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Investigating the causes and vectors of Phragmites colonization in the Great Marsh

Funding for this project was provided by MassBays to the University of New Hampshire (2011)

About the project

During the summer of 2011, researchers at the Jackson Estuarine Laboratory of the University of New Hampshire (UNH) conducted an investigation of the factors that control or contribute to the unusual and unpredictable pattern of Phragmites invasion in portions of the Great Marsh on the Upper North Shore of Massachusetts. An exotic invasive plant, Phragmites threatens the integrity of the Great Marsh by spreading rapidly, displacing native plants, and impacting the ecosystem services provided by salt marsh habitat. Scientists from UNH collaborated with local managers including the Parker River Wildlife Refuge to conduct a study to identify key factors that may contribute to the proliferation of this plant within one of the most ecologically significant salt marshes in New England. 

The team investigated the effects of water and soil chemistry on the growth of Phragmites, the efficacy of current vegetation management practices (e.g. chemical treatment, physical removal), and root and rhizome characteristics that may help Phragmites spread rapidly and gain a foothold in the marsh. Results suggest that salinity is the most significant factor favoring Phragmites expansion in the marsh. Fortunately, the management actions currently in place (i.e. selective herbicide spraying) appear to be working as a short-term approach for control until a more comprehensive method is developed. The study identified a great deal of variability in salinity across the marsh, suggesting that there is a mosaic of salinity, micro-elevation and surficial hydrologic conditions that plays a role in the invasion.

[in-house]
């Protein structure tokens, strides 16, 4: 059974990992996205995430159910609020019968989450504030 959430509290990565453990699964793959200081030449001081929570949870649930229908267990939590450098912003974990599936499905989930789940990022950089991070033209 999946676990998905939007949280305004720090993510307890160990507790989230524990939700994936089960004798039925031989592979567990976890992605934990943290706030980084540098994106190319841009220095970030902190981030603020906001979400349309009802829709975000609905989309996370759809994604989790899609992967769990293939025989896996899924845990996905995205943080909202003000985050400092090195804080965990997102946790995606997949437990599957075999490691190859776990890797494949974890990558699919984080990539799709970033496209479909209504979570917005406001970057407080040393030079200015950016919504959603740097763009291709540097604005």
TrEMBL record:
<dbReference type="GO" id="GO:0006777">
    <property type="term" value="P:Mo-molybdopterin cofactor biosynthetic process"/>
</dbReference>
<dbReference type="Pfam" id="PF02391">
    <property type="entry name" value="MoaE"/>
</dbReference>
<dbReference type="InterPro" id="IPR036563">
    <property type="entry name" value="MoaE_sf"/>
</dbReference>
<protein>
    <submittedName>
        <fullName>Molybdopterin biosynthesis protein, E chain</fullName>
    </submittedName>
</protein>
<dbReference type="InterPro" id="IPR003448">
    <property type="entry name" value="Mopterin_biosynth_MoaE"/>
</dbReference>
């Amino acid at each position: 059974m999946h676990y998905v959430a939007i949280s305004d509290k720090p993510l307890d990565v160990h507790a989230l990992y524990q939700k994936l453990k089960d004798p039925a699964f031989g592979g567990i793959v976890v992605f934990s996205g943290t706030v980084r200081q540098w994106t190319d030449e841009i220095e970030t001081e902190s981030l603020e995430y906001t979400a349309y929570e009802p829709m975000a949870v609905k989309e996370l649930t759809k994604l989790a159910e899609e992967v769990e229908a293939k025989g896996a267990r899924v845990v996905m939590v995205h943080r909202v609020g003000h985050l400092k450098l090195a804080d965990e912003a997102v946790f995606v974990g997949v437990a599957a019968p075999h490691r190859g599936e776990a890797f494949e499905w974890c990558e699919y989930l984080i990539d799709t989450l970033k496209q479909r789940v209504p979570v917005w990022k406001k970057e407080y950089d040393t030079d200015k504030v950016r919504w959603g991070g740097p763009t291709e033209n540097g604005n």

The project recommends continuing with existing management approaches and simultaneously conducting: 1) a detailed salinity and elevation mapping; and 2) a hydrologic model that examines the influence of large scale infrastructure salinity and flooding. Integrating fine scale mapping of salinity, elevation and hydrology would form the groundwork to develop large scale management concepts. Such an approach would be a powerful tool to validate theoretical model output with practical on the ground science to identify, map and quantify those areas most susceptible to colonization and further spread by Phragmites. Details of the survey and data gathered are provided in the report: Moore, G.E. et al. 2012. Investigating causes of Phragmites australis colonization in Great Marsh, Parker River National Wildlife Refuge. University of New Hampshire. 

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